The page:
Diversity Spotlight Thursday #1

Good afternoon, bibliophiles! I decided to partake in this beautiful meme created by the wonderful and amazing Aimal Farooq over at Bookshelves & Paperbacks in an effort to feature more diverse authors and books within the bookworm community! If you are interested in checking out this fun diversity party, just click the BOLD PINK WORDS!

**Please note that credit for the awesome banner featured in this post also goes to Aimal!!**


In each of these posts, I will be sharing: one diverse book that I’ve read and enjoyed, one diverse book that’s been released but I haven’t read yet (and really want to!), and one diverse book that has not been released yet (and I wanna get my kitten paws on!). I hope you all will join me in finding, reading, and promoting the beauty that is diversity in literature.

A Diverse Book That I’ve Read & Enjoyed:

Norwegian Wood by Haruki Murakami is my #OwnVoices choice! It is a Japanese magical realism novel about 1960s in Tokyo, Japan. Music was creating a revolution, while college became the ultimate coming-of-age platform for many young people. The book follows a young man in the wake of his best friend’s death, and the mystical romance that begins to occur between him and his late buddy’s girlfriend. It is emotional, thought-provoking, and a wonderful exploration of the Japanese life post-World War II. It also happens to be one of my favourite novels of all time!!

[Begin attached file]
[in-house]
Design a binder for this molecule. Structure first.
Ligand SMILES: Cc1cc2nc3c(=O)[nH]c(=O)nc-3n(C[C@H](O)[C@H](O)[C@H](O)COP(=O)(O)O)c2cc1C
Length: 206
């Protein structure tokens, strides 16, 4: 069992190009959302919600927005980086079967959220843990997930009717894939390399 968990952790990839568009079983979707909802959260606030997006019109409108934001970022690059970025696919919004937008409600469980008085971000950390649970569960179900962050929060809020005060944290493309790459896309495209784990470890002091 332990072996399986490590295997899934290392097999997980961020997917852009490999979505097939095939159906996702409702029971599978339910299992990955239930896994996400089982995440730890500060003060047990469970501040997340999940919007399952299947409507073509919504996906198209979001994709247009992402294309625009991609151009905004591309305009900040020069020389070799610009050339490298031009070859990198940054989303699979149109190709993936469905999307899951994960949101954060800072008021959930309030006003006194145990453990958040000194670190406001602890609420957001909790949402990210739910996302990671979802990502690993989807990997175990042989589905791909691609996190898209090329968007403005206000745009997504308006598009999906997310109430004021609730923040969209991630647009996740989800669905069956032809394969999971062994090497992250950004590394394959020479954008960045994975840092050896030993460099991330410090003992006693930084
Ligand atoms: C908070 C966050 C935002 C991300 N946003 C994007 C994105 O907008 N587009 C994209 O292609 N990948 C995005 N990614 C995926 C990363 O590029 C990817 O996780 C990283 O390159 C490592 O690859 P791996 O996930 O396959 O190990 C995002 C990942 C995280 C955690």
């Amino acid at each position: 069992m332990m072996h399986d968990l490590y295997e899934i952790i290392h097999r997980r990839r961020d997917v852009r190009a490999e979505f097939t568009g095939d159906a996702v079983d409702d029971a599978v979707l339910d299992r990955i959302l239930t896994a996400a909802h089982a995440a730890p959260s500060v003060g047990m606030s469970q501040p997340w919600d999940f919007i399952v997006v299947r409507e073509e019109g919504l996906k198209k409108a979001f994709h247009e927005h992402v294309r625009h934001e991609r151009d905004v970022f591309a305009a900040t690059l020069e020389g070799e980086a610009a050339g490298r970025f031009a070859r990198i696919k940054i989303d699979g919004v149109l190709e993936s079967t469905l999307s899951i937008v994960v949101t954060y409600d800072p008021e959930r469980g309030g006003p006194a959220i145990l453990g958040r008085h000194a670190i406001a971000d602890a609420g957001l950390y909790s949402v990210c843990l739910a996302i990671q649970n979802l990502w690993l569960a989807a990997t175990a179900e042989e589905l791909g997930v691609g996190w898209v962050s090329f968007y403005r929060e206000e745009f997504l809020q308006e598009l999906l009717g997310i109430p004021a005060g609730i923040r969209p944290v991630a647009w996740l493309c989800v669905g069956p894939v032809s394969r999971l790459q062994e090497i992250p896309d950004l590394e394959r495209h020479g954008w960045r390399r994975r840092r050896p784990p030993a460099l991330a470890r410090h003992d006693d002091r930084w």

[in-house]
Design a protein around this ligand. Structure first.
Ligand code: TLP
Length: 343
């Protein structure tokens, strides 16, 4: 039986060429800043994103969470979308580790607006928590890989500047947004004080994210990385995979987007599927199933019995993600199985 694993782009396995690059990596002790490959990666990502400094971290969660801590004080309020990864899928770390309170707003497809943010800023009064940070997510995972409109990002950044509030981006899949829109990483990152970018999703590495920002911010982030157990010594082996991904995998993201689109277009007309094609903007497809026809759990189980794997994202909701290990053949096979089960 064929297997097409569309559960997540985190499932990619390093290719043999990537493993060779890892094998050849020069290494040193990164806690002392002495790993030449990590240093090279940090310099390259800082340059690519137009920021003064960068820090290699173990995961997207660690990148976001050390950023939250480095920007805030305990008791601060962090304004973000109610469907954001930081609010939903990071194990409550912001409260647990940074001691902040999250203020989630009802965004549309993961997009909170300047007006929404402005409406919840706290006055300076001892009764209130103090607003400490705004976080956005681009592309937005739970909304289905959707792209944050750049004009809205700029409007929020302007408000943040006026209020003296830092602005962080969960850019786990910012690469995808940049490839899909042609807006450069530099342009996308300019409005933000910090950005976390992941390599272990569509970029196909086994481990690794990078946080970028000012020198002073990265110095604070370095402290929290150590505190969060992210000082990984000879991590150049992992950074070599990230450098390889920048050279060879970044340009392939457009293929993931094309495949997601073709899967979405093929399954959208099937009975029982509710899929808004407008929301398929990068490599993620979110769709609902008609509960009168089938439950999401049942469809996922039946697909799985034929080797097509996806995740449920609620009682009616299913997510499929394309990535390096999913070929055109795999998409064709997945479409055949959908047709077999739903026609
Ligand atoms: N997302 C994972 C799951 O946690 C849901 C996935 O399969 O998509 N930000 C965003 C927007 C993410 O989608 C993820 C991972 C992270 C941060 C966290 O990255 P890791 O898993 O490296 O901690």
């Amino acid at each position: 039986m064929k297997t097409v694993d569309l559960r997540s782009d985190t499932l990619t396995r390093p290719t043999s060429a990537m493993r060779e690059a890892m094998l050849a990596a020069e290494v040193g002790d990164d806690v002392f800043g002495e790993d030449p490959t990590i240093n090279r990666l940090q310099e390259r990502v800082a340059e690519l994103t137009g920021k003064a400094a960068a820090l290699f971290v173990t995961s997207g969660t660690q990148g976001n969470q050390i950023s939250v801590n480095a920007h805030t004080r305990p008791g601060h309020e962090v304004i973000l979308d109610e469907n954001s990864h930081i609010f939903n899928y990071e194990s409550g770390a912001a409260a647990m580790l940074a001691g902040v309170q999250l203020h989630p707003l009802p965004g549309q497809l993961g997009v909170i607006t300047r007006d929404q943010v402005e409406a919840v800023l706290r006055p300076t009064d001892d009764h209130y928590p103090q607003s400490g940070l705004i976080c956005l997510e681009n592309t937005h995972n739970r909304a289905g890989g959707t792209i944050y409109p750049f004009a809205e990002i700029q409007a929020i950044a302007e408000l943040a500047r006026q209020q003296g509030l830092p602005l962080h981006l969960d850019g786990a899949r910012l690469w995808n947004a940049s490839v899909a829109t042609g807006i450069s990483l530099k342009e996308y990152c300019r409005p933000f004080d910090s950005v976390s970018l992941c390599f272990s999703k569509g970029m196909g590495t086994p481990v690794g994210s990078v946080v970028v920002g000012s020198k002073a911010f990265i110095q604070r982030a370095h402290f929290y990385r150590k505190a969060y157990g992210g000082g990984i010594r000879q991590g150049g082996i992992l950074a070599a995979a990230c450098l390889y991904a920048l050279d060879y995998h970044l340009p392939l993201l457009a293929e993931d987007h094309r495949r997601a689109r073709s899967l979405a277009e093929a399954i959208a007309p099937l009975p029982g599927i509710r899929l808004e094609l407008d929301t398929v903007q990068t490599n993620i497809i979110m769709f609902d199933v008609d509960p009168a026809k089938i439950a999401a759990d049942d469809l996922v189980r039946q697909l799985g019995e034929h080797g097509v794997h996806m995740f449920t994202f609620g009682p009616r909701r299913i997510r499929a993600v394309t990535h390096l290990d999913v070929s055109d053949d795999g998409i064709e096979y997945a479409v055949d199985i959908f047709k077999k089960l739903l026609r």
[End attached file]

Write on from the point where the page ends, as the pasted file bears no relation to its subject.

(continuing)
A Diverse Book That’s Released But I Haven’t Read (YET!):

An Unrestored Woman by Shobha Rao released in March 2016 and is #OwnVoices. It’s a compilation of short stories that explore the severe effects of the largest peacetime migration in human history–the Partition, which led to the creation of the country of Pakistan. Each of the stories discusses how the partition of India and Pakistan affected the ordinary lives of Muslims, Hindus, and Sikhs with raw and unhindered emotion, visual details, and empathetic human beings.

A Diverse Book That’s NOT Been Released Yet:

The Last Days of Café Leila by Donia Bijan is #OwnVoices and a heart-rending story of love, family, friendship, and homecoming told against the backdrop of Iran’s rich, yet tragic, history; at its centre is the neighbourhood café in Tehran. Both the author and protagonist of the novel are Iranian Muslim women. The books explores Iran’s rich country, cultures, and people as a tale of war and mystery unfold with lyrical prose. It releases on 18-Apr-2017.

4 thoughts on “Diversity Spotlight Thursday #1

  1. Welcome to the Diversity Spotlight Thursday group! It is such a great tag 🙂

    This is really interesting – I’d read Murakami’s Kafka on the Shore and I couldn’t stand it. It felt really pretentious to me. Does Norwegian Wood feel like that? The premise sounds so interesting that I’d like to give him a go again.

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